The library is open 24 hours a day, every day, in term time.

If English isn't your first language, you can do one of our English language courses to improve your written and spoken English language skills before starting your degree. Once you're here, you can take part in our free In-Sessional English (ISE) programme to improve your English further.

Course costs and funding

Tuition fees

  • UK/Channel Islands and Isle of Man students – £9,250 per year (may be subject to annual increase)
  • EU students – £9,250 a year (including Transition Scholarship – may be subject to annual increase)
  • International students – £20,200 per year (subject to annual increase)

Funding your studies

Find out how to fund your studies, including the scholarships and bursaries you could get. You can also find more about tuition fees and living costs, including what your tuition fees cover.

Applying from outside the UK? Find out about funding options for international students.

Additional course costs

Our accommodation section shows your accommodation options and highlights how much it costs to live in Portsmouth.

You’ll study up to 6 modules a year. You may have to read several recommended books or textbooks for each module.

You can borrow most of these from the Library. If you buy these, they may cost up to £60 each.

We recommend that you budget £75 a year for photocopying, memory sticks, DVDs and CDs, printing charges, binding and specialist printing.

If your final year includes a major project, there could be cost for transport or accommodation related to your research activities. The amount will depend on the project you choose.

Travel or accommodation for compulsory fieldwork is included in the course fee, but you will be expected to pay for meals and other subsistence costs. These costs will be in the region of £10 a day.

There are optional field work opportunities to a tropical location. These costs will be in the region of £1500–£2000 depending on the duration and location of the field trip.

If you haven’t dived before, you can take the Scientific and Technical Diving A module, which includes a PADI Open Water course, Dry Suit course and Scientific and Technical Diving course. This module costs around £860, covering tuition, transport and diving costs.

If you already hold a PADI Open Water certificate (or equivalent), you can take the Scientific and Technical Diving B module, which includes an advanced diving course (e.g. PADI Advanced Open Water), Dry Suit course and Scientific and Technical Diving course. This module costs around £800, covering tuition, transport and diving costs.

There is a Practical Boating skills unit which costs in the region of £710.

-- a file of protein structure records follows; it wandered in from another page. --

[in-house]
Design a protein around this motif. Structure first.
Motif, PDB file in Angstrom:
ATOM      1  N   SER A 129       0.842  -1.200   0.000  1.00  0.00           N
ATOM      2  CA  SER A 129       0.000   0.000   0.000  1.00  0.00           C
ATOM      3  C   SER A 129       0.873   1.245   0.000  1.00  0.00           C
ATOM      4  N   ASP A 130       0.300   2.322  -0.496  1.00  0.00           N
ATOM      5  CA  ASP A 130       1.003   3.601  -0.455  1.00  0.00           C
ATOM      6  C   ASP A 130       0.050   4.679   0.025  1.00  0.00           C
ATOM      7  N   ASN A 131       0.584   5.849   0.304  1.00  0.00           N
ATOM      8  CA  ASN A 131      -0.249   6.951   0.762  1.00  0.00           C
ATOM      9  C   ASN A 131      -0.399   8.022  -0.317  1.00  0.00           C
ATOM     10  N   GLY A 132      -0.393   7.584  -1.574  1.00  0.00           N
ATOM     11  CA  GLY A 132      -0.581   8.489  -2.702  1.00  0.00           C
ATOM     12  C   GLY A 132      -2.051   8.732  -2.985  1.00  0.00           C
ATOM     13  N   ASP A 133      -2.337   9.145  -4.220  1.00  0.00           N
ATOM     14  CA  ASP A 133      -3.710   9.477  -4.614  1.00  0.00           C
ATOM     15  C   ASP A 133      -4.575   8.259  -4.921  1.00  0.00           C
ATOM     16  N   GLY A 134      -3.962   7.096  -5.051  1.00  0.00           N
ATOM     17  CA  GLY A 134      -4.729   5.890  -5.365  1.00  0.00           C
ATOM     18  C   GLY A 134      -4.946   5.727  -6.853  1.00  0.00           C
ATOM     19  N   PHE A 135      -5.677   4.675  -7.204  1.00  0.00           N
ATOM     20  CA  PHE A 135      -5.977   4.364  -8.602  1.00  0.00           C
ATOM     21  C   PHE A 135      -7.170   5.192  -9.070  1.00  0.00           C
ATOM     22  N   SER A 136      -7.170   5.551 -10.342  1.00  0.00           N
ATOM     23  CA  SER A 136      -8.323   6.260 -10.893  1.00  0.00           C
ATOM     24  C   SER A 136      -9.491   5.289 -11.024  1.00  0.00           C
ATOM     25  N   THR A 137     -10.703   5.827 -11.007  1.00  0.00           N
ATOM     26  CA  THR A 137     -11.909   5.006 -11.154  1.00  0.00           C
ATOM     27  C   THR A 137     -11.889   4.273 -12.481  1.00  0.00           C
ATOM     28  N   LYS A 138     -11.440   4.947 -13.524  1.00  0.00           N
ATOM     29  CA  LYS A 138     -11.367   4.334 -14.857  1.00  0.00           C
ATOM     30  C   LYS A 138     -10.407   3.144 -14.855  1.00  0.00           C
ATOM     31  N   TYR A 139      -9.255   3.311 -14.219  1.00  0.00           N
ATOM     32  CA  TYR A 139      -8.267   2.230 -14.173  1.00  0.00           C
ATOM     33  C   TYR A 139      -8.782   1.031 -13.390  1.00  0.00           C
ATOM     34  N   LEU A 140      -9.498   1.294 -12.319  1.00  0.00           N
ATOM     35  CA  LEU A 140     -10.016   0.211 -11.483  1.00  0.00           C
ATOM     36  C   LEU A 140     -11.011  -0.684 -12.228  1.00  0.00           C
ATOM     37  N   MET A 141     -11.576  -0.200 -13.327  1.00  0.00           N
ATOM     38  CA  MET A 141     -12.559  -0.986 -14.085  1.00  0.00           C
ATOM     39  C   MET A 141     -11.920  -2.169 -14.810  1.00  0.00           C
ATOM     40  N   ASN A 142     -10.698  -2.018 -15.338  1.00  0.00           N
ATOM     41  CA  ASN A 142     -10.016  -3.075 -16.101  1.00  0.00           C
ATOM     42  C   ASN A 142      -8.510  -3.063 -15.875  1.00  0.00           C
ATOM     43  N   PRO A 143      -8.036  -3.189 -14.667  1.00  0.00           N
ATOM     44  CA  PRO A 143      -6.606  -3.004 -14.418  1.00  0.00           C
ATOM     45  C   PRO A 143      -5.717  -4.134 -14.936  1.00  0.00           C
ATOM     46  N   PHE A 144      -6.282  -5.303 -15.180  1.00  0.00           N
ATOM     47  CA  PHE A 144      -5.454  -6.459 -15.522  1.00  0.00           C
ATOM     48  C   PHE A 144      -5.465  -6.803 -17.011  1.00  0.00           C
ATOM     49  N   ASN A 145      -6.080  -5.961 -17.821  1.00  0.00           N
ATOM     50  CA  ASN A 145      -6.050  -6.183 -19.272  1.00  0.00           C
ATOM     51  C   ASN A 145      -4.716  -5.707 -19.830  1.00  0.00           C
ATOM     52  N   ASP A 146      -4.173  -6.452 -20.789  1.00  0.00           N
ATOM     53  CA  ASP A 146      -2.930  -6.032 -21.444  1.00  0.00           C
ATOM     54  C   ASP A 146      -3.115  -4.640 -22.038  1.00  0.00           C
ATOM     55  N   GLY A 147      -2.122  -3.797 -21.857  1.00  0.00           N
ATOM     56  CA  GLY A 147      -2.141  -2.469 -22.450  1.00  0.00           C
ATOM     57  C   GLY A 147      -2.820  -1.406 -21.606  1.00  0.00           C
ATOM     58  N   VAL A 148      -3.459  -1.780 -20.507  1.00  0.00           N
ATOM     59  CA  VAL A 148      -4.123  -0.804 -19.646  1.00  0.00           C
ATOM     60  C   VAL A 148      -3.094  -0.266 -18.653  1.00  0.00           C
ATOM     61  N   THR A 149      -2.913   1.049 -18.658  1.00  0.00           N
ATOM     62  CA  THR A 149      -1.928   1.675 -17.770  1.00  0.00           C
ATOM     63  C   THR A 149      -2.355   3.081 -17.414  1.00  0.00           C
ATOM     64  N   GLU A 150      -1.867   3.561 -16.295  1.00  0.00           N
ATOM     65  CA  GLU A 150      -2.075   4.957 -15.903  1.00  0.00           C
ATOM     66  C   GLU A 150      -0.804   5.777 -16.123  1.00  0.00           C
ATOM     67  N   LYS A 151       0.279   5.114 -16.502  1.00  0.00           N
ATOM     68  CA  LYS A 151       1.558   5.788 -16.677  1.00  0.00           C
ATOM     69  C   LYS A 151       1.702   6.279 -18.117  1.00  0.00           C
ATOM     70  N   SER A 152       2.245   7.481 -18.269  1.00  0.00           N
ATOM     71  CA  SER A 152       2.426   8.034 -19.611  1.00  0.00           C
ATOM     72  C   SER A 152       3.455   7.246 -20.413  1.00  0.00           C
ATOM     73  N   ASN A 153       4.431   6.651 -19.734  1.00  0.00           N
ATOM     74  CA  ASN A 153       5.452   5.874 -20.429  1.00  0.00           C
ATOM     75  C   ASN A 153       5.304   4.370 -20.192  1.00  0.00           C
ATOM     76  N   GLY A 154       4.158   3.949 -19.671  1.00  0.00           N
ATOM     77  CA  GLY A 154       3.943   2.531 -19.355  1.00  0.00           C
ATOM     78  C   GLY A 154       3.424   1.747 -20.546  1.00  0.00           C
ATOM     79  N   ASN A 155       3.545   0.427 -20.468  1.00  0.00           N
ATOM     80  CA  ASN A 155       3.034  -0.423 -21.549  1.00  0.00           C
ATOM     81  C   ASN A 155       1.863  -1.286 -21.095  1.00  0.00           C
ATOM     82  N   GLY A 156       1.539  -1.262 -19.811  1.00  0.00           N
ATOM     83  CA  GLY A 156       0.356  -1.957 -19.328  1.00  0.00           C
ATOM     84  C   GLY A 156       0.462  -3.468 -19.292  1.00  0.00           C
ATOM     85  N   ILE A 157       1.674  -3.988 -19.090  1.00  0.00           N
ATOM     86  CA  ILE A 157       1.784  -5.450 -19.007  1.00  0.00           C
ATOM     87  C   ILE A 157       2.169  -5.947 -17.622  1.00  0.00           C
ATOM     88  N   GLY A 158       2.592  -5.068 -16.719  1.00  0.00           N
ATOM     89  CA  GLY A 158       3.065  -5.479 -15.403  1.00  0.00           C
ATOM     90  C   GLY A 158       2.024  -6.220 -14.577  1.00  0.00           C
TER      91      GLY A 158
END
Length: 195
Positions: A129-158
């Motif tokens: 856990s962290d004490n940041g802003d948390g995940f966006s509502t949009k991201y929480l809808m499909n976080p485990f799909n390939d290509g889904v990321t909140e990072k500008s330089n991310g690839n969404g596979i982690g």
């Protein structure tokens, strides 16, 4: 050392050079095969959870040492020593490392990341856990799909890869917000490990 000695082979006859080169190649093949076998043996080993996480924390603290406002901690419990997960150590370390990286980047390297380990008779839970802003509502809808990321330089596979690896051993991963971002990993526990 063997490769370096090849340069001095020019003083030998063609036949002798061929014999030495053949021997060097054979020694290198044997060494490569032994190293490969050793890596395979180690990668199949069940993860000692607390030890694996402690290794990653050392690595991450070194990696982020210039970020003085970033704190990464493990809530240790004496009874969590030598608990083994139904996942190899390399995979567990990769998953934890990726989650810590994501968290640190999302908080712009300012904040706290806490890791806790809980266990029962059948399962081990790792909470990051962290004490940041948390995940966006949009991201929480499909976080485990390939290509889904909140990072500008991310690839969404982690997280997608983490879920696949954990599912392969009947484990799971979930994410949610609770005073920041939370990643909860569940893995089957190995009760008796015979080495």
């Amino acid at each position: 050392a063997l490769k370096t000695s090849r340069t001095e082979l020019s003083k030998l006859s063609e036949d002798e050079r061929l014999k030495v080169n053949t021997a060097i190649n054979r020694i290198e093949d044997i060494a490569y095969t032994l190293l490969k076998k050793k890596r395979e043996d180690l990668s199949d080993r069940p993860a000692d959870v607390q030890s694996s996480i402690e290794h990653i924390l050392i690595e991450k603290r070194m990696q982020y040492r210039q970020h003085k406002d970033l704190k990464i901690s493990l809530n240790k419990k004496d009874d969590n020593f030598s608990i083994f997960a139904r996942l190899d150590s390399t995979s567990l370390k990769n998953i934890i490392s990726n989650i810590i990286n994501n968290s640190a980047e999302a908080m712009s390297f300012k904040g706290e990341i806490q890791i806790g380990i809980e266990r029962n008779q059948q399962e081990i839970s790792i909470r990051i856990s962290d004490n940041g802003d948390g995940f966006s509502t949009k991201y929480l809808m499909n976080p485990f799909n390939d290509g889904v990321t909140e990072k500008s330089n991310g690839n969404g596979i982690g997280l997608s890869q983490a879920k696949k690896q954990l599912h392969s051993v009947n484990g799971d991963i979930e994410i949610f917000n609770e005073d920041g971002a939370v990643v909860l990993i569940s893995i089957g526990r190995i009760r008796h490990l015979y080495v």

In your final year, you'll be primarily based at the Institute of Marine Sciences. You'll also need to attend some teaching here in your second year.

You may need to pay for travel to the Institute of Marine Sciences, which is around 3.5 miles from the main University campus and 2 miles from popular student housing areas.

If you take a placement year or study abroad year, tuition fees for that year are as follows:

  • UK/Channel Islands and Isle of Man students – £925 a year (may be subject to annual increase)
  • EU students – £925 a year, including Transition Scholarship (may be subject to annual increase)
  • International students – £1,800 a year (subject to annual increase)


How to apply

To start this course in 2024, apply through UCAS. You'll need:

  • the UCAS course code – C160
  • our institution code – P80

If you'd prefer to apply directly, use our online application form:

You can also sign up to an Open Day to:

  • Tour our campus, facilities and halls of residence
  • Speak with lecturers and chat with our students 
  • Get information about where to live, how to fund your studies and which clubs and societies to join

If you're new to the application process, read our guide on applying for an undergraduate course.

Applying from outside the UK

As an international student you'll apply using the same process as UK students, but you’ll need to consider a few extra things. 

You can get an agent to help with your application. Check your country page for details of agents in your region.

Find out what additional information you need in our international students section

If you don't meet the English language requirements for this course yet, you can achieve the level you need by successfully completing a pre-sessional English programme before you start your course.

Admissions terms and conditions

When you accept an offer to study at the University of Portsmouth, you also agree to abide by our Student Contract (which includes the University's relevant policies, rules and regulations). You should read and consider these before you apply.

Contact information


+44 (0) 23 9284 5566

Contact Admissions